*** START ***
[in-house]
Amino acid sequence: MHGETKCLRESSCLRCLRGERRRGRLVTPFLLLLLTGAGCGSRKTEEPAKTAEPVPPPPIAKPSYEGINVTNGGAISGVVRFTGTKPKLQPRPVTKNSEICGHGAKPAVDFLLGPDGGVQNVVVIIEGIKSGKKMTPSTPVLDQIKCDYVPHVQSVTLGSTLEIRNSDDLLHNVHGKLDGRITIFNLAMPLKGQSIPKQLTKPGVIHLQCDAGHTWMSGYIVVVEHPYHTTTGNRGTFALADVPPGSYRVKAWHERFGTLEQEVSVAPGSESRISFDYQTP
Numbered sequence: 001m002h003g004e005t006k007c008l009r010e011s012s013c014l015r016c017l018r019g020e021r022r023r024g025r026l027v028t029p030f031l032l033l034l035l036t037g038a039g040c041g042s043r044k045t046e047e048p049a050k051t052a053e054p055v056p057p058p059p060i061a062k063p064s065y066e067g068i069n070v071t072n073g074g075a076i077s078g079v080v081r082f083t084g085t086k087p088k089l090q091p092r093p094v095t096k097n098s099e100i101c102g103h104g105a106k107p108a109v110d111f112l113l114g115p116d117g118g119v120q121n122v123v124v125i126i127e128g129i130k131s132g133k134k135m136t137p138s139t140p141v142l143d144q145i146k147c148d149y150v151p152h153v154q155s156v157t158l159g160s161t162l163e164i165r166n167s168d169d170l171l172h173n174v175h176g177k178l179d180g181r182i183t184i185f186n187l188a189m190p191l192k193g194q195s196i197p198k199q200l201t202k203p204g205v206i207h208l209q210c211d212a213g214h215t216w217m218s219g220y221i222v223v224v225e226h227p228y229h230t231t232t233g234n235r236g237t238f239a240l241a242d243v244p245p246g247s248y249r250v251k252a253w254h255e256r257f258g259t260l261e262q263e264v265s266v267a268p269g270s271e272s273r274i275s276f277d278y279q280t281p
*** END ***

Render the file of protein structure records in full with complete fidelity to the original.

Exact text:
[in-house]
Amino acid sequence: MHGETKCLRESSCLRCLRGERRRGRLVTPFLLLLLTGAGCGSRKTEEPAKTAEPVPPPPIAKPSYEGINVTNGGAISGVVRFTGTKPKLQPRPVTKNSEICGHGAKPAVDFLLGPDGGVQNVVVIIEGIKSGKKMTPSTPVLDQIKCDYVPHVQSVTLGSTLEIRNSDDLLHNVHGKLDGRITIFNLAMPLKGQSIPKQLTKPGVIHLQCDAGHTWMSGYIVVVEHPYHTTTGNRGTFALADVPPGSYRVKAWHERFGTLEQEVSVAPGSESRISFDYQTP
Numbered sequence: 001m002h003g004e005t006k007c008l009r010e011s012s013c014l015r016c017l018r019g020e021r022r023r024g025r026l027v028t029p030f031l032l033l034l035l036t037g038a039g040c041g042s043r044k045t046e047e048p049a050k051t052a053e054p055v056p057p058p059p060i061a062k063p064s065y066e067g068i069n070v071t072n073g074g075a076i077s078g079v080v081r082f083t084g085t086k087p088k089l090q091p092r093p094v095t096k097n098s099e100i101c102g103h104g105a106k107p108a109v110d111f112l113l114g115p116d117g118g119v120q121n122v123v124v125i126i127e128g129i130k131s132g133k134k135m136t137p138s139t140p141v142l143d144q145i146k147c148d149y150v151p152h153v154q155s156v157t158l159g160s161t162l163e164i165r166n167s168d169d170l171l172h173n174v175h176g177k178l179d180g181r182i183t184i185f186n187l188a189m190p191l192k193g194q195s196i197p198k199q200l201t202k203p204g205v206i207h208l209q210c211d212a213g214h215t216w217m218s219g220y221i222v223v224v225e226h227p228y229h230t231t232t233g234n235r236g237t238f239a240l241a242d243v244p245p246g247s248y249r250v251k252a253w254h255e256r257f258g259t260l261e262q263e264v265s266v267a268p269g270s271e272s273r274i275s276f277d278y279q280t281p